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Kubernetes 1.26: Job Tracking, to Support Massively Parallel Batch Workloads, Is Generally Available

The Kubernetes 1.26 release includes a stable implementation of the Job controller that can reliably track a large amount of Jobs with high levels of parallelism. SIG Apps and WG Batch have worked on this foundational improvement since Kubernetes 1.22. After multiple iterations and scale verifications, this is now the default implementation of the Job controller.

Paired with the Indexed completion mode, the Job controller can handle massively parallel batch Jobs, supporting up to 100k concurrent Pods.

The new implementation also made possible the development of Pod failure policy, which is in beta in the 1.26 release.

How do I use this feature?

To use Job tracking with finalizers, upgrade to Kubernetes 1.25 or newer and create new Jobs. You can also use this feature in v1.23 and v1.24, if you have the ability to enable the JobTrackingWithFinalizers feature gate.

If your cluster runs Kubernetes 1.26, Job tracking with finalizers is a stable feature. For v1.25, it's behind that feature gate, and your cluster administrators may have explicitly disabled it - for example, if you have a policy of not using beta features.

Jobs created before the upgrade will still be tracked using the legacy behavior. This is to avoid retroactively adding finalizers to running Pods, which might introduce race conditions.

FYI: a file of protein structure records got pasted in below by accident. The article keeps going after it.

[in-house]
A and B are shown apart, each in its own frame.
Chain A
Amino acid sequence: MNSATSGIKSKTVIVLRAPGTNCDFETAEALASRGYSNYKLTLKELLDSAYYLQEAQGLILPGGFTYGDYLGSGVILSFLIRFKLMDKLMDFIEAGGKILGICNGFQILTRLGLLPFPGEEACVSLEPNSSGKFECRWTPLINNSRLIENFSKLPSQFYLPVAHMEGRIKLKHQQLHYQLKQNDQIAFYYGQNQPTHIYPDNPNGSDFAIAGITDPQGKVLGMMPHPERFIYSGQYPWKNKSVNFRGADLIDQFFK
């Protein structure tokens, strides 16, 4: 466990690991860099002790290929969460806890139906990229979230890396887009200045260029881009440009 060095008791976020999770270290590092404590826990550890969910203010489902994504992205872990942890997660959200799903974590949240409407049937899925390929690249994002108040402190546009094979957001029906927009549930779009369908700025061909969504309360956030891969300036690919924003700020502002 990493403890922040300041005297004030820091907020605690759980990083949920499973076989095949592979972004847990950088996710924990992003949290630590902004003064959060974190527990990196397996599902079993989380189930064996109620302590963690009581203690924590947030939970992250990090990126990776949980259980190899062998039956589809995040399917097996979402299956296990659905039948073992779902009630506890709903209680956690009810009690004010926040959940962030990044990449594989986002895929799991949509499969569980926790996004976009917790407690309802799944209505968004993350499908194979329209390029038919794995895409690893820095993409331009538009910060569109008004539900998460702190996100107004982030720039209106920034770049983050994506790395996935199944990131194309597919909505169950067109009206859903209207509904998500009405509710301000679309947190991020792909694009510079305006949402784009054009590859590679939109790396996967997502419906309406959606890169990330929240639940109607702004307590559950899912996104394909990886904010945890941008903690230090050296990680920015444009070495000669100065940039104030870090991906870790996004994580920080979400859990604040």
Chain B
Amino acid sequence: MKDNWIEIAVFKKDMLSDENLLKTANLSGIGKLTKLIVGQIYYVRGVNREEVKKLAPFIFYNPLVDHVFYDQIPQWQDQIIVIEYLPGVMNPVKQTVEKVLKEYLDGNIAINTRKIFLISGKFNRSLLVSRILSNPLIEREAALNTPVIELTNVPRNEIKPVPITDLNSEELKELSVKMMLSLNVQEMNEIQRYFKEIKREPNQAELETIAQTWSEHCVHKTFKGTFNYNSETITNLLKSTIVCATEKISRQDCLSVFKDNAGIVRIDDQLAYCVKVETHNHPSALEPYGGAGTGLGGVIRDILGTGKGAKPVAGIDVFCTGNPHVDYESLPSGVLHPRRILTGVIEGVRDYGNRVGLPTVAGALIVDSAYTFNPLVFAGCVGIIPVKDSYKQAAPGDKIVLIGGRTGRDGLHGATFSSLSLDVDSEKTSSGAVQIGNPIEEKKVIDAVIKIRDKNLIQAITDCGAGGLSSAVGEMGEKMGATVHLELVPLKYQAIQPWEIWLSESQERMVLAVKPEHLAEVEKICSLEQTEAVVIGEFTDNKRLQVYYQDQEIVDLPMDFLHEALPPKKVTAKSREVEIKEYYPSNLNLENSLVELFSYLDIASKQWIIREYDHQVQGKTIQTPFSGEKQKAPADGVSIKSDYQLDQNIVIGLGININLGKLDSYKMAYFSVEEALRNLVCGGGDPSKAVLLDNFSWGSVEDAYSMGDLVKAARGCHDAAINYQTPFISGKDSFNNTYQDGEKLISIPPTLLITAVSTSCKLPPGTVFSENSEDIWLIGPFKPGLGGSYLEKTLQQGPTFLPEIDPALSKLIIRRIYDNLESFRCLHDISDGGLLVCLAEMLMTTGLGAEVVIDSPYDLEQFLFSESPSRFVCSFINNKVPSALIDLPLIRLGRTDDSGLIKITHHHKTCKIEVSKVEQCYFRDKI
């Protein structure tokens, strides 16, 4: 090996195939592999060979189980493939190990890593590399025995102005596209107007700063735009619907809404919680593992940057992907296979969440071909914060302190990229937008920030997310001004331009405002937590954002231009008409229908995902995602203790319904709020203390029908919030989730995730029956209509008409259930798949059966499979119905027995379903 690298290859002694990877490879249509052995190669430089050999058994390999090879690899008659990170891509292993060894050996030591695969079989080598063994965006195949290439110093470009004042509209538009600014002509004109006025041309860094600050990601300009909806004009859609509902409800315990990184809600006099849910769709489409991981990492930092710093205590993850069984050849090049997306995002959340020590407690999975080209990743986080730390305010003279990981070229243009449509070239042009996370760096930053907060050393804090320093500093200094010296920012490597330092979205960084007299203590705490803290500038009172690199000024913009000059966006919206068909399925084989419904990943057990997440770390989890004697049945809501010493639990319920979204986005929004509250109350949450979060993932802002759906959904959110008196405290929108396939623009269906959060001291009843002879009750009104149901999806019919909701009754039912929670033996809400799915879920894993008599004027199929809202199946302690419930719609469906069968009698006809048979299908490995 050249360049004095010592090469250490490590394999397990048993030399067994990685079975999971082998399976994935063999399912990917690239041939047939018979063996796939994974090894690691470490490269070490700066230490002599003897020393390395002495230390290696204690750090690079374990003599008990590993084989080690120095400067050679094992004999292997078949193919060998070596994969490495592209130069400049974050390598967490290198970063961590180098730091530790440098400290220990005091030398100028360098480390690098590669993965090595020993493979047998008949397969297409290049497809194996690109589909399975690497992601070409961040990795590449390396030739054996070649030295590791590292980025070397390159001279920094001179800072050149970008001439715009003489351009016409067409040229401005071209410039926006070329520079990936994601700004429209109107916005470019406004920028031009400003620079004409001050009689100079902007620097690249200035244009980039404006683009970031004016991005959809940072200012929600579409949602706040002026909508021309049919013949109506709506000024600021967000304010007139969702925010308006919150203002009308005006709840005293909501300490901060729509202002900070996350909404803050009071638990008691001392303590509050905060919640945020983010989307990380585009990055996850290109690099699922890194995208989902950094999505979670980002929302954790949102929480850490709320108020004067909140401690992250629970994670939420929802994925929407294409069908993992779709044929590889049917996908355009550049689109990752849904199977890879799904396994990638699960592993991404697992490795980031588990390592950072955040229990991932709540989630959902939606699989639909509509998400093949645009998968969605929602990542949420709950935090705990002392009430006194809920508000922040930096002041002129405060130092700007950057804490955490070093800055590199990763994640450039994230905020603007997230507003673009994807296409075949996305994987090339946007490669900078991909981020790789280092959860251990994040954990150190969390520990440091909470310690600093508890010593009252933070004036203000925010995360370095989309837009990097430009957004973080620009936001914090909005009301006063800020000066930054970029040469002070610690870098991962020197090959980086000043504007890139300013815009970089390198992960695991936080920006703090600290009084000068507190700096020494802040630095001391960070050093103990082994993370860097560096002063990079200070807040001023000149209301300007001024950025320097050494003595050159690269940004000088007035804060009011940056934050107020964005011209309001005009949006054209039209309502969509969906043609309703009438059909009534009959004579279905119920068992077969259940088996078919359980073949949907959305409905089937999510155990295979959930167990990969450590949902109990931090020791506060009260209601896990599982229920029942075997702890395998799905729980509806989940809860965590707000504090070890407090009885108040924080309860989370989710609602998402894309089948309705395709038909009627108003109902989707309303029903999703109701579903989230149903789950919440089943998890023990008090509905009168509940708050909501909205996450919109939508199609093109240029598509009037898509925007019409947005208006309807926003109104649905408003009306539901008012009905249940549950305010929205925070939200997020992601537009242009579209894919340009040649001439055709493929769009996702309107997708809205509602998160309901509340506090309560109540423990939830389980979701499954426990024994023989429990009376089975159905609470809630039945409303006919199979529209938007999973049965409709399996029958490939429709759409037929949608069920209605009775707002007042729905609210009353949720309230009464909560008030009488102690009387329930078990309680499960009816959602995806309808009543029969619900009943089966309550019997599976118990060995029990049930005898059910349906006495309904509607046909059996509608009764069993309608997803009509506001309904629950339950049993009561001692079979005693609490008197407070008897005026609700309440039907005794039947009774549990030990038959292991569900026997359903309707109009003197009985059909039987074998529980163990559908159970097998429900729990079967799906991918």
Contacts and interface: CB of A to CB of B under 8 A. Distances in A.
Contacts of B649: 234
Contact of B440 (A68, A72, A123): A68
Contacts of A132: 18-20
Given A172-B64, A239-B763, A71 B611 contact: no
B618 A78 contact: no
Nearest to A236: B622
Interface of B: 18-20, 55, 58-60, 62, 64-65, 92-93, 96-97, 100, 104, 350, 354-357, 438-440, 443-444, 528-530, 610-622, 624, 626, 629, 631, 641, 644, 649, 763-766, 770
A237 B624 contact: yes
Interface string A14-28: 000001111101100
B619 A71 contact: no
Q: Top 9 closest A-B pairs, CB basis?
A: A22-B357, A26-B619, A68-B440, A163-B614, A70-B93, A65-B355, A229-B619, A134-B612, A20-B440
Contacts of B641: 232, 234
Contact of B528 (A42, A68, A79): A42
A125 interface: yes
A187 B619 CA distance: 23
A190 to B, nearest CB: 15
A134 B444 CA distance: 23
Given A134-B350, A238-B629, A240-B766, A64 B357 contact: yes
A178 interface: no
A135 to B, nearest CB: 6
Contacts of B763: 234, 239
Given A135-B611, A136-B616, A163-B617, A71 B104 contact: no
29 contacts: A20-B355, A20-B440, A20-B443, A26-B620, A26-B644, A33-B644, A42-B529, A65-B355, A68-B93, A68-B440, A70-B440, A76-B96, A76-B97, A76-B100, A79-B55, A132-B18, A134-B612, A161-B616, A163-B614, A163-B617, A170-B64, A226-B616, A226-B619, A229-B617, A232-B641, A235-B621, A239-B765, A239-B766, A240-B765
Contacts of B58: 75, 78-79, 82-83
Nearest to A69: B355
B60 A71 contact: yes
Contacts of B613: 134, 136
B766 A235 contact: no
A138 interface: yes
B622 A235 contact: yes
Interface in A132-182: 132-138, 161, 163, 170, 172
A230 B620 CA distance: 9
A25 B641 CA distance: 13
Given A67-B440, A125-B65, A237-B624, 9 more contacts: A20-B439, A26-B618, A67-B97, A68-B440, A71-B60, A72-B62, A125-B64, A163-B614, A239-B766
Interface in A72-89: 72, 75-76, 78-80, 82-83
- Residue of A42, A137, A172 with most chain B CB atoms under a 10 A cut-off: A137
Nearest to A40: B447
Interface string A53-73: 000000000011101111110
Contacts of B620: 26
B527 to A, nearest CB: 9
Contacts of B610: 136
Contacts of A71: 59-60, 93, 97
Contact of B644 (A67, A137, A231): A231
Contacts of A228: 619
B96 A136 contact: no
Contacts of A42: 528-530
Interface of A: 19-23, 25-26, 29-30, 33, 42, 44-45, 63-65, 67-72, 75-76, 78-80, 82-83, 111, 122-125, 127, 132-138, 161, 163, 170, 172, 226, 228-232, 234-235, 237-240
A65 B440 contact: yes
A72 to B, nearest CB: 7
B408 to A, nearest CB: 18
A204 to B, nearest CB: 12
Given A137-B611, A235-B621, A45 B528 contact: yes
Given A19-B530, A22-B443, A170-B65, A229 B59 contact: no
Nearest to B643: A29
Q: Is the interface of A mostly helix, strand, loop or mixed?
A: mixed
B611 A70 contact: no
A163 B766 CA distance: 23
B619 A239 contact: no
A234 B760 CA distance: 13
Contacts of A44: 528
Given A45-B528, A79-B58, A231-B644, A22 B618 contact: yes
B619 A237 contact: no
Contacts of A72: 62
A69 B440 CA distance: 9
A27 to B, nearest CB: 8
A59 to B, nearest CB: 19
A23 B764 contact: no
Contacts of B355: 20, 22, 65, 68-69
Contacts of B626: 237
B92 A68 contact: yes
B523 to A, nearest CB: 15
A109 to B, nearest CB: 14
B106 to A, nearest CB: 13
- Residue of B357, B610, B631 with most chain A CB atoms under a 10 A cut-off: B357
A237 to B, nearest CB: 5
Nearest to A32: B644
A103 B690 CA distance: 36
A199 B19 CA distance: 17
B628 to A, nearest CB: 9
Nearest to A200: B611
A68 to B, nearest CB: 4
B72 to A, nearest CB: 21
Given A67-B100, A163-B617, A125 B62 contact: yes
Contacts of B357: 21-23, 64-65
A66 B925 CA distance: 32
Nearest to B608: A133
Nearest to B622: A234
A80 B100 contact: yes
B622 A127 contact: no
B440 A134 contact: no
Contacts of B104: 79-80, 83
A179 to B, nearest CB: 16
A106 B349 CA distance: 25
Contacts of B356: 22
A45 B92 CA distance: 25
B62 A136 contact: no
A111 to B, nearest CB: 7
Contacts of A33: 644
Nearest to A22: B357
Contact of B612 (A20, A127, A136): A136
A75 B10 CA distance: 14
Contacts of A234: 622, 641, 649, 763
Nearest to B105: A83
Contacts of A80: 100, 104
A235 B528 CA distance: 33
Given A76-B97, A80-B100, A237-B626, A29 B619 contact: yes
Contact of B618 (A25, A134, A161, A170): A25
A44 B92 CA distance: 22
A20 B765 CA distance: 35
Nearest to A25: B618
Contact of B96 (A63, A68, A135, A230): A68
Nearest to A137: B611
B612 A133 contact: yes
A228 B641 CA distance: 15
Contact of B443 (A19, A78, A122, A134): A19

For maximum performance on large Jobs, the Kubernetes project recommends using the Indexed completion mode. In this mode, the control plane is able to track Job progress with less API calls.

If you are a developer of operator(s) for batch, HPC, AI, ML or related workloads, we encourage you to use the Job API to delegate accurate progress tracking to Kubernetes. If there is something missing in the Job API that forces you to manage plain Pods, the Working Group Batch welcomes your feedback and contributions.

Deprecation notices

During the development of the feature, the control plane added the annotation to the Jobs that were created when the feature was enabled. This allowed a safe transition for older Jobs, but it was never meant to stay.

In the 1.26 release, we deprecated the annotation and the control plane will stop adding it in Kubernetes 1.27. Along with that change, we will remove the legacy Job tracking implementation. As a result, the Job controller will track all Jobs using finalizers and it will ignore Pods that don't have the aforementioned finalizer.

Before you upgrade your cluster to 1.27, we recommend that you verify that there are no running Jobs that don't have the annotation, or you wait for those jobs to complete. Otherwise, you might observe the control plane recreating some Pods. We expect that this shouldn't affect any users, as the feature is enabled by default since Kubernetes 1.25, giving enough buffer for old jobs to complete.

What problem does the new implementation solve?

Generally, Kubernetes workload controllers, such as ReplicaSet or StatefulSet, rely on the existence of Pods or other objects in the API to determine the status of the workload and whether replacements are needed. For example, if a Pod that belonged to a ReplicaSet terminates or ceases to exist, the ReplicaSet controller needs to create a replacement Pod to satisfy the desired number of replicas (.spec.replicas).